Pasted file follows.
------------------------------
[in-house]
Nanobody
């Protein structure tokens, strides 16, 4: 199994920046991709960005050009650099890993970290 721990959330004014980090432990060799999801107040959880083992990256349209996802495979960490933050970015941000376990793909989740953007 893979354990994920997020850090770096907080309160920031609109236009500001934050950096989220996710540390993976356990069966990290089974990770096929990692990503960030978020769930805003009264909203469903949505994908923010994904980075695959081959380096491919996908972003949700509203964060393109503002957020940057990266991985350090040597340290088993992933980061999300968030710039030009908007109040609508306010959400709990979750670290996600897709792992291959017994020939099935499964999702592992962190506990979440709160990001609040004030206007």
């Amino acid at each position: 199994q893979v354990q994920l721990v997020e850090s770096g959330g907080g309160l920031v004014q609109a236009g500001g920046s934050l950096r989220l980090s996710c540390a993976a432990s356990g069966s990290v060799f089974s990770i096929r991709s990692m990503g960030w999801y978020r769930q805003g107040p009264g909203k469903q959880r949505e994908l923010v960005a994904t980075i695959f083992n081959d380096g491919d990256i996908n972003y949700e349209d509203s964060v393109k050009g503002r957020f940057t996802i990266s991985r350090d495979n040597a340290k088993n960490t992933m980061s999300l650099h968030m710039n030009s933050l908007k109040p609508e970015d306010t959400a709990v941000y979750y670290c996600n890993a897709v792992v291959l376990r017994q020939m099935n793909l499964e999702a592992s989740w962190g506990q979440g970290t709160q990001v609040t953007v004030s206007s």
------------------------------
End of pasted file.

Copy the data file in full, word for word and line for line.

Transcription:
[in-house]
Nanobody
């Protein structure tokens, strides 16, 4: 199994920046991709960005050009650099890993970290 721990959330004014980090432990060799999801107040959880083992990256349209996802495979960490933050970015941000376990793909989740953007 893979354990994920997020850090770096907080309160920031609109236009500001934050950096989220996710540390993976356990069966990290089974990770096929990692990503960030978020769930805003009264909203469903949505994908923010994904980075695959081959380096491919996908972003949700509203964060393109503002957020940057990266991985350090040597340290088993992933980061999300968030710039030009908007109040609508306010959400709990979750670290996600897709792992291959017994020939099935499964999702592992962190506990979440709160990001609040004030206007």
């Amino acid at each position: 199994q893979v354990q994920l721990v997020e850090s770096g959330g907080g309160l920031v004014q609109a236009g500001g920046s934050l950096r989220l980090s996710c540390a993976a432990s356990g069966s990290v060799f089974s990770i096929r991709s990692m990503g960030w999801y978020r769930q805003g107040p009264g909203k469903q959880r949505e994908l923010v960005a994904t980075i695959f083992n081959d380096g491919d990256i996908n972003y949700e349209d509203s964060v393109k050009g503002r957020f940057t996802i990266s991985r350090d495979n040597a340290k088993n960490t992933m980061s999300l650099h968030m710039n030009s933050l908007k109040p609508e970015d306010t959400a709990v941000y979750y670290c996600n890993a897709v792992v291959l376990r017994q020939m099935n793909l499964e999702a592992s989740w962190g506990q979440g970290t709160q990001v609040t953007v004030s206007s």